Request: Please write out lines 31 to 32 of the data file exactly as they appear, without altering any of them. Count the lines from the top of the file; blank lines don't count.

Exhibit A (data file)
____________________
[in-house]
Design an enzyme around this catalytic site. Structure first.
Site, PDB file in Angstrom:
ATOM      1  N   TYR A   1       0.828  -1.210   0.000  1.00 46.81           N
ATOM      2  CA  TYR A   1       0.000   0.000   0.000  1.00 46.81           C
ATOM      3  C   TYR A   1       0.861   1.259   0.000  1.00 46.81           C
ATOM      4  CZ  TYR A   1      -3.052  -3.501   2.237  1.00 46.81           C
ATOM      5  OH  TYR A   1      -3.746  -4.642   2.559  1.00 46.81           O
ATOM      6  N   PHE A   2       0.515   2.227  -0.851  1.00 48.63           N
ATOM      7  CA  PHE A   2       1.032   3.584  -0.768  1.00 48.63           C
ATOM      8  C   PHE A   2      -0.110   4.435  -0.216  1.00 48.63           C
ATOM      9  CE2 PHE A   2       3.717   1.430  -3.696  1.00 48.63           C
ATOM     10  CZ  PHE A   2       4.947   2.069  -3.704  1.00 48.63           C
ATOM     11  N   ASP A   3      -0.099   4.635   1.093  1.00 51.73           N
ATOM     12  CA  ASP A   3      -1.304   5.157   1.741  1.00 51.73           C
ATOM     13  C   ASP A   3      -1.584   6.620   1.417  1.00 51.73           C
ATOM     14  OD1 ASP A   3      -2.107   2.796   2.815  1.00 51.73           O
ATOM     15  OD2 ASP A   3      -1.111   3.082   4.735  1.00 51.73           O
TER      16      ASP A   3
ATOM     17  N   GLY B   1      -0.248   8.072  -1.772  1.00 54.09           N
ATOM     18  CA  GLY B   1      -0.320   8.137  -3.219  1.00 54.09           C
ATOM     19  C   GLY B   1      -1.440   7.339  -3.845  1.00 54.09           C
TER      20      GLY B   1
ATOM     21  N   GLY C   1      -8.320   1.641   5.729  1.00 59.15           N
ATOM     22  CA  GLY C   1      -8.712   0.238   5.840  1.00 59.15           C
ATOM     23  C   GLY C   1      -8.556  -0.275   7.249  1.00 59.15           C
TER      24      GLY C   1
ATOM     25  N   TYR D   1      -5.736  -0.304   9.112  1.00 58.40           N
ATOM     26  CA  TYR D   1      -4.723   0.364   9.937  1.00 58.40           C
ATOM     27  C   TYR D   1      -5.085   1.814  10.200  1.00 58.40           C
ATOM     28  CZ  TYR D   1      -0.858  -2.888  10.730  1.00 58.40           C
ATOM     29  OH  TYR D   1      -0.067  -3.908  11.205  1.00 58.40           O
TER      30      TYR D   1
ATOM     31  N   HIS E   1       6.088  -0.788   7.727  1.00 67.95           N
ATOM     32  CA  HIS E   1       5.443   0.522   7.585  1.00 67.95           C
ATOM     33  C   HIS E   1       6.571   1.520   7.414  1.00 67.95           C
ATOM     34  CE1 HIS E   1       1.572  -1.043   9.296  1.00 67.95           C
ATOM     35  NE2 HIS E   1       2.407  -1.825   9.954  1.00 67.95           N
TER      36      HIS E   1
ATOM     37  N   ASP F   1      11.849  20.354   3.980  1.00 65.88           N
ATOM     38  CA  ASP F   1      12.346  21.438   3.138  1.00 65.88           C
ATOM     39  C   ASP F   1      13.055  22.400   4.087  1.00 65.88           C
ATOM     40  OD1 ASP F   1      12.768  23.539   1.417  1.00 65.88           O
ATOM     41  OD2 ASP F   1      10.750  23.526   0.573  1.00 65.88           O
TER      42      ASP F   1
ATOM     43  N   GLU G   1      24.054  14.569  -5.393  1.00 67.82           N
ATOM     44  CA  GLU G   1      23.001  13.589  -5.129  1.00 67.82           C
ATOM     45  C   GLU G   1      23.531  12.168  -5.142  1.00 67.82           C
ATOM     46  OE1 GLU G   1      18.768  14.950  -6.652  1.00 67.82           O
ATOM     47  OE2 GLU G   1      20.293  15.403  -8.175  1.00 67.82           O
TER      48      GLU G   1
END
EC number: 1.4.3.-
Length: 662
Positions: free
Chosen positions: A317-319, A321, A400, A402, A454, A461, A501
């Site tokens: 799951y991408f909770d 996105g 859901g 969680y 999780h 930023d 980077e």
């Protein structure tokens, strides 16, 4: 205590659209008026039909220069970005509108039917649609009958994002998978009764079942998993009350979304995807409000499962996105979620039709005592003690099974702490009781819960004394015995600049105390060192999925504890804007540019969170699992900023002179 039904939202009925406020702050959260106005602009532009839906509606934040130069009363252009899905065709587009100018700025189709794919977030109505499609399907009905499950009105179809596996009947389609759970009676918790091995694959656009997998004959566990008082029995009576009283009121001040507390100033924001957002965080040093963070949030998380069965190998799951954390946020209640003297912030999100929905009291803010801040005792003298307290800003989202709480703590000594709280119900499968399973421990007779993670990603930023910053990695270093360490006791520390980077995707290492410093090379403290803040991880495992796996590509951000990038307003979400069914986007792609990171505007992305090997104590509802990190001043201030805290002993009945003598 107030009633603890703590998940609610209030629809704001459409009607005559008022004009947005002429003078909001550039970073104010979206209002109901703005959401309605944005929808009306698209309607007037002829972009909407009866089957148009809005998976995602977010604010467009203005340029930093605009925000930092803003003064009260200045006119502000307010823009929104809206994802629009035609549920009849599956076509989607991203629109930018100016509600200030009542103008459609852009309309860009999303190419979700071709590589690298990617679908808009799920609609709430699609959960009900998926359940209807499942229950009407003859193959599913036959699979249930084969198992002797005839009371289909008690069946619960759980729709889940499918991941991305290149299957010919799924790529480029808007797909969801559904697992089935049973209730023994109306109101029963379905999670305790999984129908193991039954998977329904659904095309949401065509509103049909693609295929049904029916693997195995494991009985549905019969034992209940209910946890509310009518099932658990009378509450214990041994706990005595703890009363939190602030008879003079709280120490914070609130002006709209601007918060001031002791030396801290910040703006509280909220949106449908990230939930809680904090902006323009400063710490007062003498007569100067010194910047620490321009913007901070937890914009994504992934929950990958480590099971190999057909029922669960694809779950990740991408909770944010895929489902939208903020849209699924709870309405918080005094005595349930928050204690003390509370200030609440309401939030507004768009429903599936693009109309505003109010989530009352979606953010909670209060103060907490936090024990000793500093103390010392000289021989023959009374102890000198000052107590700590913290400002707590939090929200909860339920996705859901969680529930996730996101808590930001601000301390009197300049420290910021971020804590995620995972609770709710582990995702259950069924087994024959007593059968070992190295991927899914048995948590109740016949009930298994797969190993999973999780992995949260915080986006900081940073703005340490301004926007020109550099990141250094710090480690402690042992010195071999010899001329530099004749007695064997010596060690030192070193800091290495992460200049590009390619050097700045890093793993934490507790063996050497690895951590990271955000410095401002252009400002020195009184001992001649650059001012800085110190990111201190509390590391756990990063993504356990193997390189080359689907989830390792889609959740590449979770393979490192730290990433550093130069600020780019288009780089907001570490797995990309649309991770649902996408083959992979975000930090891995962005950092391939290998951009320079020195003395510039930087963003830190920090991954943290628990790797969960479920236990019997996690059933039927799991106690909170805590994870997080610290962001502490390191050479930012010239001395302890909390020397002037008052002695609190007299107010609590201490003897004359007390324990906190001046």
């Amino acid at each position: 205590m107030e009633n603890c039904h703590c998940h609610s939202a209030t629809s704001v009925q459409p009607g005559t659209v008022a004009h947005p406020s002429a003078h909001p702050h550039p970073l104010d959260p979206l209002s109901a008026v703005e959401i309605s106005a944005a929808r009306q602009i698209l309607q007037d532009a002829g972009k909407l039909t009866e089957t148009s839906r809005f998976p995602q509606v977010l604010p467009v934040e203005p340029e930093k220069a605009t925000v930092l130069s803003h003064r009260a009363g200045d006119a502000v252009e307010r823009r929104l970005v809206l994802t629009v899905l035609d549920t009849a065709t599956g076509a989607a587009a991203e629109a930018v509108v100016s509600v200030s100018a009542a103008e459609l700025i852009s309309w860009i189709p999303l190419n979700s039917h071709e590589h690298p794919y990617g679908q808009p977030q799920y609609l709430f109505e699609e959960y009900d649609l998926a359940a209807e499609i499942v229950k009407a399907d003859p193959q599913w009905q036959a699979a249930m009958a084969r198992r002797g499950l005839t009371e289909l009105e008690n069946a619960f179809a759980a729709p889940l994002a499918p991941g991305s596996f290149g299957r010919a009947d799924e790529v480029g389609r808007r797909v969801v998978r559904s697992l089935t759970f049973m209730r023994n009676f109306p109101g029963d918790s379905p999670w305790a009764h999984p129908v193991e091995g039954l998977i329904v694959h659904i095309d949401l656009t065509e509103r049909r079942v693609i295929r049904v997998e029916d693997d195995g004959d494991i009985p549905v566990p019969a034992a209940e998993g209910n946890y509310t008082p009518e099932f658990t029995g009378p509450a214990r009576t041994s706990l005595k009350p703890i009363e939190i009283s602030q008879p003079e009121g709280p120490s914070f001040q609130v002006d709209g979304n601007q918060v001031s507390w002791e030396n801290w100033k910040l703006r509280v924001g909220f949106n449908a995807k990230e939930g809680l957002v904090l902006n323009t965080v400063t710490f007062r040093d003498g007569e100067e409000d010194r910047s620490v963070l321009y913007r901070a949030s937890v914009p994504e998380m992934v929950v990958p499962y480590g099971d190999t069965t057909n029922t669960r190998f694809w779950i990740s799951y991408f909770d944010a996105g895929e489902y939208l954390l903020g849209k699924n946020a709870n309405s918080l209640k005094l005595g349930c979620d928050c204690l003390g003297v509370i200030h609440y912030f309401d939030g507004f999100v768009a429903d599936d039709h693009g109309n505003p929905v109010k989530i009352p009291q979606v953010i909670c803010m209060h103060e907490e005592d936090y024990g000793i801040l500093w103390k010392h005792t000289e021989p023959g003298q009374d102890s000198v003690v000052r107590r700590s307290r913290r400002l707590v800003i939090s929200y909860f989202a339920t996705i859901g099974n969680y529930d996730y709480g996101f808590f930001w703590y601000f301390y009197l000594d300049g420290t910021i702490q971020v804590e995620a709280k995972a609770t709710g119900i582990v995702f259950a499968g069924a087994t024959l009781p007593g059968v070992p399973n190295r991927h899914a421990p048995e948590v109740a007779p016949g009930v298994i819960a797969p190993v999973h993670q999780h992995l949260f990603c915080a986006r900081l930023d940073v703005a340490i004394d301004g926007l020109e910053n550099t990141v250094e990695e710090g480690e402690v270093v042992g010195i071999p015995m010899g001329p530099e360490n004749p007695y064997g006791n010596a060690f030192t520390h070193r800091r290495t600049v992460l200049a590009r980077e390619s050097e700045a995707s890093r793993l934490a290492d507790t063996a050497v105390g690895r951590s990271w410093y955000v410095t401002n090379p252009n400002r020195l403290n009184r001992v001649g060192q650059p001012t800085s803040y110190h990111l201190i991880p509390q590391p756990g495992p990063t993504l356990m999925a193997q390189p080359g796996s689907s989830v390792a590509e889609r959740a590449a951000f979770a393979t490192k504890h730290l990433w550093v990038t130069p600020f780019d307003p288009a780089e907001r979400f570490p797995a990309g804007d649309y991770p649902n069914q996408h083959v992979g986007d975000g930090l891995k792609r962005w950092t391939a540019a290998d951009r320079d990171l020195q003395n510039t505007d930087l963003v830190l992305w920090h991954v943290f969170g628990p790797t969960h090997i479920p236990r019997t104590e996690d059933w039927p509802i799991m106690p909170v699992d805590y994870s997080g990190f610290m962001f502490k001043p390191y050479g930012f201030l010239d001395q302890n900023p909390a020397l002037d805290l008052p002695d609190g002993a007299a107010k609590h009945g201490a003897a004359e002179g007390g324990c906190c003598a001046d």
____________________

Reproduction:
ATOM     28  CZ  TYR D   1      -0.858  -2.888  10.730  1.00 58.40           C
ATOM     29  OH  TYR D   1      -0.067  -3.908  11.205  1.00 58.40           O